Lux Thinking Aloud

Cast The First Stone

11:52 PM

Cast The First Stone
You never really know a man until you stand in his shoes 
and walk around in them.  
-To Kill A Mockingbird

Cast The First Stone

Let any one of you who is without sin be the first to throw a stone (John 8:7). I love that verse.

The video of a priest reprimanding a single mom before baptizing her illegitimate child went viral.

Of course, the ravenous critics feasted on it.

“The church has no system.”
“Religious leaders don’t act accordingly.”
“Shame on them.”
“What a hypocrite.”

Insults. Hand-washing like Pontius Pilate. Stones thrown again.

If I may say:

You can’t judge the whole Catholic community or any community for that matter, just because one priest or leader failed to show compassion

It’s like saying Harvard or Stanford has a rotten system just because one student or teacher messed up.

You can’t say a Forbes Fortune 500 company has a lousy service just because an employee got involved in a scandal.

You certainly can’t say that a family is good for nothing just because of one black sheep.

You can’t judge the whole nation just because their government officials are corrupt. What about the citizens who are doing their share in making the country a better place?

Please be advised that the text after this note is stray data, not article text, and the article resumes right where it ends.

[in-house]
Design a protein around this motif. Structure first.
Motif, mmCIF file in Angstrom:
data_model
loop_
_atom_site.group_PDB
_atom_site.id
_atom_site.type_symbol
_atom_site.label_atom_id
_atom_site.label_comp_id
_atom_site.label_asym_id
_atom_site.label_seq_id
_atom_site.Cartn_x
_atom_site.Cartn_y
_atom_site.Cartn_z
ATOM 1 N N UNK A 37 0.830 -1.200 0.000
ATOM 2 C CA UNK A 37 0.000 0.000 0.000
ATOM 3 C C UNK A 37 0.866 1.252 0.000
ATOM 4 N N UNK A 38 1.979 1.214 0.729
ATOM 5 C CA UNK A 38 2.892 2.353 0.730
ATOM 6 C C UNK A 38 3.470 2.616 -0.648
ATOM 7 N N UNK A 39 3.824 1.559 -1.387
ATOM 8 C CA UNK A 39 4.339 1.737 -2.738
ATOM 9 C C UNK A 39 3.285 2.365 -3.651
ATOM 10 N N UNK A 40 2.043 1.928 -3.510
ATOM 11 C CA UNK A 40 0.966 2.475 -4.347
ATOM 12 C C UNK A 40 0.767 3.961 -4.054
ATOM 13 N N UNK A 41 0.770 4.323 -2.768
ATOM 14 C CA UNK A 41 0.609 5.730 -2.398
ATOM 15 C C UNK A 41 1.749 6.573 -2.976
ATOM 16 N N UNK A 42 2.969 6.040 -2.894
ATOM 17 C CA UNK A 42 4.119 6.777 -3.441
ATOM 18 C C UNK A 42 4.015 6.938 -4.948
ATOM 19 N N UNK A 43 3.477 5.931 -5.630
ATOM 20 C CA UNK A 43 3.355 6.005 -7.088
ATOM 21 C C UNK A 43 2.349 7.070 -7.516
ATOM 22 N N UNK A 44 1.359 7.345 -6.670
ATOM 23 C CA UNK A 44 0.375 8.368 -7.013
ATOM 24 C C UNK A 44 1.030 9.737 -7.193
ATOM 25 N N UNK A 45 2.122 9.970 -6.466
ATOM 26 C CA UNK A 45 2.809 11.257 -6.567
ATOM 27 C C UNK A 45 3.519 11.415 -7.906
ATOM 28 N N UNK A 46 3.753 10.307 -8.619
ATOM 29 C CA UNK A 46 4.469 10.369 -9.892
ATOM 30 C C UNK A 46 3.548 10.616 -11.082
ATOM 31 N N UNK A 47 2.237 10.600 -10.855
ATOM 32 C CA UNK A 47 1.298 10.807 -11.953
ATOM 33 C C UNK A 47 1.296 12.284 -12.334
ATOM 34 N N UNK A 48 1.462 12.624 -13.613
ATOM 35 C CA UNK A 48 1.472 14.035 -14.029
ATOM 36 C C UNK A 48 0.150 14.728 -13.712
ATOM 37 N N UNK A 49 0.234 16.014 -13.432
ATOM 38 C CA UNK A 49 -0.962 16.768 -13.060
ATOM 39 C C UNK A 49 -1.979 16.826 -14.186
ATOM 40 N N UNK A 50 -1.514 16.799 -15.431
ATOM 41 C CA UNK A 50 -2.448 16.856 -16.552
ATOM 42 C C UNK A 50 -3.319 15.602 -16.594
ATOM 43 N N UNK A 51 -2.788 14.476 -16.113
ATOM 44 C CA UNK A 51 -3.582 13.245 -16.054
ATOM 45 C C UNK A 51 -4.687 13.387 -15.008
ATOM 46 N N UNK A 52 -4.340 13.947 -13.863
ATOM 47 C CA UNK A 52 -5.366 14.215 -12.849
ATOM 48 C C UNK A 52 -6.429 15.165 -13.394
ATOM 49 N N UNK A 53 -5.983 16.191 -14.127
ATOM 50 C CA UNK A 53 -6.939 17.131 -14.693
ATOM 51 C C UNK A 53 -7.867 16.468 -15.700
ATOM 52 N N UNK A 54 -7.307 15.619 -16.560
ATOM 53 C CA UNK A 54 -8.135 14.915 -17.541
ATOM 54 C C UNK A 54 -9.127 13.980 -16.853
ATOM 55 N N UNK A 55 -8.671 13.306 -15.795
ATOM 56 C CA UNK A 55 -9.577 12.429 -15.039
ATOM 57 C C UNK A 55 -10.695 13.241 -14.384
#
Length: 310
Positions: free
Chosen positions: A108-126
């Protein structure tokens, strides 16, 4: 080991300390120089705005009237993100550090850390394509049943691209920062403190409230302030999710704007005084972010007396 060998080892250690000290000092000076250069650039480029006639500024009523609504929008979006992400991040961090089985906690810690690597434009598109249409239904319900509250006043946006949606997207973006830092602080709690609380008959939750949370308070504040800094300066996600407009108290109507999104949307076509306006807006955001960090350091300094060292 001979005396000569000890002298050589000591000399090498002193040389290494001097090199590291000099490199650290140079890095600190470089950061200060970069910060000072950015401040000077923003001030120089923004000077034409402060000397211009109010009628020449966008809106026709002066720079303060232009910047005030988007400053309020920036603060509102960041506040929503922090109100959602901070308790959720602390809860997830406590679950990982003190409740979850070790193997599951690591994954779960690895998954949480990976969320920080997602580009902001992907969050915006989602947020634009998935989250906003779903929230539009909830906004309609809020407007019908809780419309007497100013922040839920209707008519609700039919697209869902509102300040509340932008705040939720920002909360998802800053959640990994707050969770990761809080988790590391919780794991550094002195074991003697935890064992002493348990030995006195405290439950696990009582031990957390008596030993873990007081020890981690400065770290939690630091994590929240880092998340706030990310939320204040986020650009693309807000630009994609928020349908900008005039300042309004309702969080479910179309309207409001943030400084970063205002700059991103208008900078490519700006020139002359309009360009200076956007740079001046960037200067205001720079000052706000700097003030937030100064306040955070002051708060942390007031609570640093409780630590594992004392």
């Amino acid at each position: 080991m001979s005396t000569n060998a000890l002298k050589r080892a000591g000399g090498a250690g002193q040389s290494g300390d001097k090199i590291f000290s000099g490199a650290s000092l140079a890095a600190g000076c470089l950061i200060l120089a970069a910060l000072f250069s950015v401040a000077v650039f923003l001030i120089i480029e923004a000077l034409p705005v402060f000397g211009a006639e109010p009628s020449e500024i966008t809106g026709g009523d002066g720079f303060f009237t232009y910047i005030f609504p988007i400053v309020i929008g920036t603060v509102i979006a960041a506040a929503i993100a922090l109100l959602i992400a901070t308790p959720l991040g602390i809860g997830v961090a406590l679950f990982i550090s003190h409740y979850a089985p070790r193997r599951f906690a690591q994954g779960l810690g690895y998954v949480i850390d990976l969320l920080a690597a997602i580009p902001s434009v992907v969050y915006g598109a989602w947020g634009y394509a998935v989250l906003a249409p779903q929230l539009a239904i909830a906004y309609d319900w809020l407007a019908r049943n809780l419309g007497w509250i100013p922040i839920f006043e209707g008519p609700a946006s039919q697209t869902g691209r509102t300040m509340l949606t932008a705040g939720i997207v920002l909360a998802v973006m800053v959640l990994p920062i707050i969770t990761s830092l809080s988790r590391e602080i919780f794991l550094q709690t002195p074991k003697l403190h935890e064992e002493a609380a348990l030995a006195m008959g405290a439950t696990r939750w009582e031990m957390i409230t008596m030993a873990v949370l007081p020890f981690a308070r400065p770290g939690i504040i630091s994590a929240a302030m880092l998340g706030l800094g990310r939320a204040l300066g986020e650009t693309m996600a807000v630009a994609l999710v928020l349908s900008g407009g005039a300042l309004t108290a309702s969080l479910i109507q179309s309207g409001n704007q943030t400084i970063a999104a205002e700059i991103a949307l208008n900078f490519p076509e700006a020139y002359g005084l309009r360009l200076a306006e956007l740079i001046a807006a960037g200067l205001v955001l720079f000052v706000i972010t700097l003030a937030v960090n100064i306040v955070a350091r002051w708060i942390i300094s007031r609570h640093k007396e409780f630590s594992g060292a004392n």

You don’t want people to judge you just because at one point, you lose your temper and said and did irrational things

Yes, the priest should have shown mercy, compassion, and understanding---things expected of someone who embodies Christ. I guess that’s human error. Even Jesus got angry when He was very human. 

For all we know, maybe the priest is also an illegitimate child, and grew up being bullied because of it.

Or someone got his girlfriend pregnant. (Sorry, my mind's a little creative).

Or he’s having a really rough week.

I know it's no excuse for shaming someone who just wanted to receive the sacrament. I think what he did was uncalled for. Not condoning it at all.

But nobody’s perfect. The woman who only loved too much. The priest who wanted to impose doing the right thing (who went overboard trying). The people who claim this is unacceptable. We all have our own stories.

Everyone’s entitled to their own opinion. The problem I see is that we accept our imperfections, but we rejoice when we see others fail. Like it makes us superior, or less sinful when others' sins are magnified. When we point out others’ faults, it doesn’t make us any better or lift us higher. It only reveals who we truly are.

I’m not saying that the priest is right. I’m not saying that the critics are wrong. All I’m saying is that before you judge, take a good look at yourself in the mirror.

If all you see is nothing but immaculate perfection, then by all means be the first to cast the first stone.

What Susie says of Sally says more of Susie than of Sally. Remember that.

Know the story behind the story.
-Bo Sanchez

via Google images

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  1. Tough call. Yes, we all fall short of the glory of the Lord. I'm not familiar with the situation you are discussing but if a woman was publicly shamed by a priest, religious leader, or person, more than likely there will be an outcry. It is good these things are discussed so that when we encounter similar situations in our personal lives maybe an inner trigger turns on the compassion that is within all of us.